It's been a banner year for brokerage stocks, but few have outshone
To date, shares of the Wall Street firm are up a robust 45%, far outpacing the 30% gain racked up this year by the Amex Broker Dealer Index. And it's no contest comparing Lehman's performance with the meager, single-digit gains posted by the three major market indices.
Look for Lehman to help set the pace in the brokerage sector when it reports fourth-quarter earnings next week, along with
(GS - Get Report)
On the basis of the latest Thomson Financial estimates, analysts expect earnings at Lehman to rise 34% in the fourth quarter, which ended Nov. 30. Only Goldman Sachs is expected to do better, with earnings predicted to rise 40% over the same period last year.
Bear Stearns and Morgan Stanley are likely to be the laggards. Analysts expect earnings at both securities firms to be largely unchanged from a year ago.
Earnings at Bear Stearns also could be weighed down by another legal charge stemming from the firm's involvement in the more than two-year-old mutual fund trading scandal. Bear, after six months of heated negotiations, is close to reaching a final settlement with the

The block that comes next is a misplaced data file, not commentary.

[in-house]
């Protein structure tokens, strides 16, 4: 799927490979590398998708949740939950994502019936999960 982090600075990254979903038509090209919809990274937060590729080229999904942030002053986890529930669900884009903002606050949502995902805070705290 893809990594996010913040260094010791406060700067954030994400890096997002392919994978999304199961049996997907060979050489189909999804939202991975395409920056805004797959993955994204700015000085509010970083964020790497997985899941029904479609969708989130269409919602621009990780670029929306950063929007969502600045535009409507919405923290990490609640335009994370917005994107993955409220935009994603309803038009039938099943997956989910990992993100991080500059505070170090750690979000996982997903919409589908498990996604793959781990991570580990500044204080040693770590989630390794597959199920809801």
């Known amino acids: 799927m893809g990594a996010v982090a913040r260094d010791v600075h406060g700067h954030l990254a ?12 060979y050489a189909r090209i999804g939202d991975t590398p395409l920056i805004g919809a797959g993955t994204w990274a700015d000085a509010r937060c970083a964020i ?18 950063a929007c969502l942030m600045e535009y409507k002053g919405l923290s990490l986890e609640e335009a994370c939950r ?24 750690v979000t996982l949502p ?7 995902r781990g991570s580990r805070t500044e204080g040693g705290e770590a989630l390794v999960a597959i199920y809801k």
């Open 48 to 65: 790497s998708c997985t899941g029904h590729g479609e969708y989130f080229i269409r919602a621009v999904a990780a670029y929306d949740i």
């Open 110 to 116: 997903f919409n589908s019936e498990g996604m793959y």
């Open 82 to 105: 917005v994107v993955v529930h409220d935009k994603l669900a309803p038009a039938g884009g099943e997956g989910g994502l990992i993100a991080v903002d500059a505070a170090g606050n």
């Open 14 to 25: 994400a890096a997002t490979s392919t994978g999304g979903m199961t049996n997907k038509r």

Securities and Exchange Commission
, sources say.
To date, Bear Stearns has set aside at least $200 million to cover the cost of reaching a settlement; sources expect a final deal to exceed $300 million. A Bear Stearns spokesman declined to comment on the investigation.
But the big story next week undoubtedly will be Lehman's continuing transformation into a diversified securities firm that's no longer just associated with bond trading and debt underwriting. Much of Lehman's metamorphosis can be attributed to its shrewd purchase of the asset-management firm Neuberger Berman in 2003 and a timely decision to beef up its merger-and-acquisition investment-banking group.
The wisdom of those moves is being borne out in this year's results.